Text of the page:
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Review
. 2018 May 20;47:377-397.
doi: 10.1146/annurev-biophys-070317-033239. Epub 2018 Mar 15.

Serial Femtosecond Crystallography of G Protein-Coupled Receptors

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Free PMC article
Review

Serial Femtosecond Crystallography of G Protein-Coupled Receptors

Benjamin Stauch et al. Annu Rev Biophys. .
Free PMC article

Abstract

G protein-coupled receptors (GPCRs) represent a large superfamily of membrane proteins that mediate cell signaling and regulate a variety of physiological processes in the human body. Structure-function studies of this superfamily were enabled a decade ago by multiple breakthroughs in technology that included receptor stabilization, crystallization in a membrane environment, and microcrystallography. The recent emergence of X-ray free-electron lasers (XFELs) has further accelerated structural studies of GPCRs and other challenging proteins by overcoming radiation damage and providing access to high-resolution structures and dynamics using micrometer-sized crystals. Here, we summarize key technology advancements and major milestones of GPCR research using XFELs and provide a brief outlook on future developments in the field.

Keywords: G protein–coupled receptor; X-ray free-electron laser; lipidic cubic phase; serial femtosecond crystallography; structure-function.

Figures

Figure 1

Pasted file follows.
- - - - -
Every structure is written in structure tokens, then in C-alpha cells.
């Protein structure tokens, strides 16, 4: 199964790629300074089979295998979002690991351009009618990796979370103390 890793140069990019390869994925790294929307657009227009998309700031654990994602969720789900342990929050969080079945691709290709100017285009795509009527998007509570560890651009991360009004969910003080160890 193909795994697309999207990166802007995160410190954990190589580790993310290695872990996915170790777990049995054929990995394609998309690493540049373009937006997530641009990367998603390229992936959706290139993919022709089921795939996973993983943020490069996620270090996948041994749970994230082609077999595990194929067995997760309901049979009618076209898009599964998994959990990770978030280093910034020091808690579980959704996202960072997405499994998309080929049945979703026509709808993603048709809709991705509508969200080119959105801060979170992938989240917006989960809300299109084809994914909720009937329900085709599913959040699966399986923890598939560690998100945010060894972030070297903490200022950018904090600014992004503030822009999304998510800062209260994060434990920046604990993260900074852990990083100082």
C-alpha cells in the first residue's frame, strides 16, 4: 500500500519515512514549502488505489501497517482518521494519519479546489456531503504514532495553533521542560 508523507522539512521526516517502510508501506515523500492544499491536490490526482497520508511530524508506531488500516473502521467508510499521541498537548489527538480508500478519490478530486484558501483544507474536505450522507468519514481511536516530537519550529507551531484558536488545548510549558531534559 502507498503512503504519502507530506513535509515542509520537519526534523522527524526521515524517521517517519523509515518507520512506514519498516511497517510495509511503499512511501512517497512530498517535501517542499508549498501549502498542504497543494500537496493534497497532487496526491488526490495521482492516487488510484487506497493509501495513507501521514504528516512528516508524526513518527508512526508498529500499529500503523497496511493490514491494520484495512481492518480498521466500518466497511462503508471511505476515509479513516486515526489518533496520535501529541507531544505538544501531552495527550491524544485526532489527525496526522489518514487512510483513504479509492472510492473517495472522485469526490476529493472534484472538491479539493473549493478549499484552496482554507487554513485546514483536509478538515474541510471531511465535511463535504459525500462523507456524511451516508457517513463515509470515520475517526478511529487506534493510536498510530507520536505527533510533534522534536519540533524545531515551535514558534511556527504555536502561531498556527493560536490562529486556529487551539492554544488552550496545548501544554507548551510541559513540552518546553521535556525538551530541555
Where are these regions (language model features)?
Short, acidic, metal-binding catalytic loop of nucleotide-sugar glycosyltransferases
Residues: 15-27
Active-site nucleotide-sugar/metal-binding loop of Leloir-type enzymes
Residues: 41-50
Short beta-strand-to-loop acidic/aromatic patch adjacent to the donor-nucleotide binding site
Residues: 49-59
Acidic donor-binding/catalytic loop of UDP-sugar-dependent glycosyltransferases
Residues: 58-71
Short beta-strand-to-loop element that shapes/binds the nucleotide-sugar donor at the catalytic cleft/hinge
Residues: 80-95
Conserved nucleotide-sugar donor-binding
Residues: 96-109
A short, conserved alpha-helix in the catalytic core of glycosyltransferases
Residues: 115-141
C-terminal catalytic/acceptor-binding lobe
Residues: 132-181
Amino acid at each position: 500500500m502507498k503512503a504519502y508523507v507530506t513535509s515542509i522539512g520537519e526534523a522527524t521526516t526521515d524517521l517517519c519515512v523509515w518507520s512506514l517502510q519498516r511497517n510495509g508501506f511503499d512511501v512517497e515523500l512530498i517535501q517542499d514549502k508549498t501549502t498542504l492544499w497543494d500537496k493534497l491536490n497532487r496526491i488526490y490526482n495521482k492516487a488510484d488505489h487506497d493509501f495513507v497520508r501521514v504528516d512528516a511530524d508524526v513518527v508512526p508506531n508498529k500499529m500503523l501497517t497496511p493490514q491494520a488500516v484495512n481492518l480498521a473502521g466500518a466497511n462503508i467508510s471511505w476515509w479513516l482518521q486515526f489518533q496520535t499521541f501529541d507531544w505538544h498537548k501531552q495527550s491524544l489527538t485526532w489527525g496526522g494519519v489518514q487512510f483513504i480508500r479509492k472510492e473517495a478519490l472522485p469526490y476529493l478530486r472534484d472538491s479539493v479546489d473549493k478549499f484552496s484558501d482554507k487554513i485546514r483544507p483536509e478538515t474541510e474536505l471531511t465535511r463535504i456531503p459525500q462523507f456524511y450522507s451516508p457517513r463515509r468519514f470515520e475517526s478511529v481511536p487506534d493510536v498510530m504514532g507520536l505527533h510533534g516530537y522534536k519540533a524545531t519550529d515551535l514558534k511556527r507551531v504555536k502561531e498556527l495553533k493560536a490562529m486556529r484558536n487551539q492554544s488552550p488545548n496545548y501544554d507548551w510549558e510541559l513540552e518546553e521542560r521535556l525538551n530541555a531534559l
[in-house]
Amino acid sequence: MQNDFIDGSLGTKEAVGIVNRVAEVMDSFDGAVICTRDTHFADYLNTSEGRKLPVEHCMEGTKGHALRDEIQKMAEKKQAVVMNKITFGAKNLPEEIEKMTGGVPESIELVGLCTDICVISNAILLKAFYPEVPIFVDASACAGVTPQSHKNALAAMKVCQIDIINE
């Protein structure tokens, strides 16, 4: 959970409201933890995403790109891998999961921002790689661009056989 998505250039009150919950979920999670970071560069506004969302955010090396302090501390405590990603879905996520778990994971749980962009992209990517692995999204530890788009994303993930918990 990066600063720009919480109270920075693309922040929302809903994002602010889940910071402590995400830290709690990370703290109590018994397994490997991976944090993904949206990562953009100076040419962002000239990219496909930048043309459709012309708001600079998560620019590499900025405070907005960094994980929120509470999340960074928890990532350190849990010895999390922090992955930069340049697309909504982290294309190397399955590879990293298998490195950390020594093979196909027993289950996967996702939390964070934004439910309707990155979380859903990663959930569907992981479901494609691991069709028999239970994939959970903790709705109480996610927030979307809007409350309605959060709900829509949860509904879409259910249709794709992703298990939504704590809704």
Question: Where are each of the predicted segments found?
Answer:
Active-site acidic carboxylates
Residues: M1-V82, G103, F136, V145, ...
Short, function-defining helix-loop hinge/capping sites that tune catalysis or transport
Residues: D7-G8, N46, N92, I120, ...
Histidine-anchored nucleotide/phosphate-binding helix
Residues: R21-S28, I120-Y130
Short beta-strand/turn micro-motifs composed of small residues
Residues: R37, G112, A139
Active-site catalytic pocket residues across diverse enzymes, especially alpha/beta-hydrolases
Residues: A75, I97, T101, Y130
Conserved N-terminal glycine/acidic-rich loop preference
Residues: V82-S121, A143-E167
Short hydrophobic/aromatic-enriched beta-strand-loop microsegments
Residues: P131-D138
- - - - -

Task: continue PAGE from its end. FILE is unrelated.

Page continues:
Figure 1. GPCR function and pervasiveness of in physiology and pathology.
Physiological systems (bold black) and pathological conditions (bold red) linked to GPCR families (black) are indicated.
Figure 2.
Figure 2.. GPCR structure determination pipeline.
The pipeline contains several feedback loops and readout options (biochemical assays) which allow monitoring project progress, often bringing the process back to initial construct design.
Figure 3.
Figure 3.. SFX-LCP process.
(a) Schematic of an LCP-SFX data collection setup. XFEL beam is focused to a diameter of ~1 μm by a pair of KB mirrors on a stream of LCP delivering micrometer-sized crystals intersecting the beam in random orientations. Diffraction patterns are collected by a CSPAD detector at 120 Hz. (b) Zoom in on the sample interaction region and LCP microstructure. (c) XFEL beam footprints at ~1% intensity (8·109 photons/pulse). (d) XFEL beam at ~50% intensity (4·1011 photons/pulse) creates an explosion of ~100 μm in size.
Figure 4.
Figure 4.. Timeline of GPCR structure determination at XFELs.
Important milestones (top) and determined GPCR structures (bottom) are shown on a timeline.

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